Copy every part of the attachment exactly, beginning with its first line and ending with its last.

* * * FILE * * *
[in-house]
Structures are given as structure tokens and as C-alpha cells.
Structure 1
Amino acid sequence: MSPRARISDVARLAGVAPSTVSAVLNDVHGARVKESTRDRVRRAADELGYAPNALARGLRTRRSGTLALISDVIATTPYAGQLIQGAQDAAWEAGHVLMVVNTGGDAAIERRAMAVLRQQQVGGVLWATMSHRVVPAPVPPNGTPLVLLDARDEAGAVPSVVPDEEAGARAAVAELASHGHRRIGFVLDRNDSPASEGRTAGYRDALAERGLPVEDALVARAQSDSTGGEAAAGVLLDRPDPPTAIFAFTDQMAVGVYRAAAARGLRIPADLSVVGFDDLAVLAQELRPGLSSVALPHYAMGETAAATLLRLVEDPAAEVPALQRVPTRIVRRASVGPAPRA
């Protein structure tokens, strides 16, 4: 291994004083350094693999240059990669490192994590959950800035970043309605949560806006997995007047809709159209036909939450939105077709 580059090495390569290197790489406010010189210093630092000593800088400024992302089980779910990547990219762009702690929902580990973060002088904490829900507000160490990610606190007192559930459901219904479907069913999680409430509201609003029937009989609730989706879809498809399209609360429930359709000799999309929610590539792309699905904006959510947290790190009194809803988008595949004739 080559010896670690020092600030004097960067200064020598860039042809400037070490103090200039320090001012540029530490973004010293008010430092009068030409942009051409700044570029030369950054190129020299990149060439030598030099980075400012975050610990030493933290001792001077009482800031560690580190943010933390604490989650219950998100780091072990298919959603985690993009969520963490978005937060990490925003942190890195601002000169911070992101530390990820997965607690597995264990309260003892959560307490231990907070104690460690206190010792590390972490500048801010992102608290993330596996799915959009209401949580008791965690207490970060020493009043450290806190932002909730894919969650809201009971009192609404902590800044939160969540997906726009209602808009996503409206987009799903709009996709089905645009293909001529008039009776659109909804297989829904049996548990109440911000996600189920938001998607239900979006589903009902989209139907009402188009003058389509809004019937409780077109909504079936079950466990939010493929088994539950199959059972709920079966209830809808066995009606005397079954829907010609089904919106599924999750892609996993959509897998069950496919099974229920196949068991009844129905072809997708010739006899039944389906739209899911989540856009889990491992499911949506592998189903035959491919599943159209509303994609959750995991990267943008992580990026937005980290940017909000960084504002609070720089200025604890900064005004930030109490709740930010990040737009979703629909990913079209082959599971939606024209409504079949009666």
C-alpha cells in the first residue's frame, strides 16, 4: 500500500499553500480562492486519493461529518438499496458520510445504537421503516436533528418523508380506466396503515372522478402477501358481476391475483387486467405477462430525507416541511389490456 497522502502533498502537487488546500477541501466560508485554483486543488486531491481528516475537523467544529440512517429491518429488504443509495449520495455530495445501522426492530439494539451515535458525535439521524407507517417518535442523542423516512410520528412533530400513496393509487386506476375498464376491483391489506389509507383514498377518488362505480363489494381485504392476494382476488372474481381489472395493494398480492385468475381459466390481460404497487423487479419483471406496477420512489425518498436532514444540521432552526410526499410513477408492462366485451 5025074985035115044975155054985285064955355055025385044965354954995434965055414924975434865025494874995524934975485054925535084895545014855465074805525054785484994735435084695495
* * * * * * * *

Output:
[in-house]
Structures are given as structure tokens and as C-alpha cells.
Structure 1
Amino acid sequence: MSPRARISDVARLAGVAPSTVSAVLNDVHGARVKESTRDRVRRAADELGYAPNALARGLRTRRSGTLALISDVIATTPYAGQLIQGAQDAAWEAGHVLMVVNTGGDAAIERRAMAVLRQQQVGGVLWATMSHRVVPAPVPPNGTPLVLLDARDEAGAVPSVVPDEEAGARAAVAELASHGHRRIGFVLDRNDSPASEGRTAGYRDALAERGLPVEDALVARAQSDSTGGEAAAGVLLDRPDPPTAIFAFTDQMAVGVYRAAAARGLRIPADLSVVGFDDLAVLAQELRPGLSSVALPHYAMGETAAATLLRLVEDPAAEVPALQRVPTRIVRRASVGPAPRA
């Protein structure tokens, strides 16, 4: 291994004083350094693999240059990669490192994590959950800035970043309605949560806006997995007047809709159209036909939450939105077709 580059090495390569290197790489406010010189210093630092000593800088400024992302089980779910990547990219762009702690929902580990973060002088904490829900507000160490990610606190007192559930459901219904479907069913999680409430509201609003029937009989609730989706879809498809399209609360429930359709000799999309929610590539792309699905904006959510947290790190009194809803988008595949004739 080559010896670690020092600030004097960067200064020598860039042809400037070490103090200039320090001012540029530490973004010293008010430092009068030409942009051409700044570029030369950054190129020299990149060439030598030099980075400012975050610990030493933290001792001077009482800031560690580190943010933390604490989650219950998100780091072990298919959603985690993009969520963490978005937060990490925003942190890195601002000169911070992101530390990820997965607690597995264990309260003892959560307490231990907070104690460690206190010792590390972490500048801010992102608290993330596996799915959009209401949580008791965690207490970060020493009043450290806190932002909730894919969650809201009971009192609404902590800044939160969540997906726009209602808009996503409206987009799903709009996709089905645009293909001529008039009776659109909804297989829904049996548990109440911000996600189920938001998607239900979006589903009902989209139907009402188009003058389509809004019937409780077109909504079936079950466990939010493929088994539950199959059972709920079966209830809808066995009606005397079954829907010609089904919106599924999750892609996993959509897998069950496919099974229920196949068991009844129905072809997708010739006899039944389906739209899911989540856009889990491992499911949506592998189903035959491919599943159209509303994609959750995991990267943008992580990026937005980290940017909000960084504002609070720089200025604890900064005004930030109490709740930010990040737009979703629909990913079209082959599971939606024209409504079949009666």
C-alpha cells in the first residue's frame, strides 16, 4: 500500500499553500480562492486519493461529518438499496458520510445504537421503516436533528418523508380506466396503515372522478402477501358481476391475483387486467405477462430525507416541511389490456 497522502502533498502537487488546500477541501466560508485554483486543488486531491481528516475537523467544529440512517429491518429488504443509495449520495455530495445501522426492530439494539451515535458525535439521524407507517417518535442523542423516512410520528412533530400513496393509487386506476375498464376491483391489506389509507383514498377518488362505480363489494381485504392476494382476488372474481381489472395493494398480492385468475381459466390481460404497487423487479419483471406496477420512489425518498436532514444540521432552526410526499410513477408492462366485451 5025074985035115044975155054985285064955355055025385044965354954995434965055414924975434865025494874995524934975485054925535084895545014855465074805525054785484994735435084695495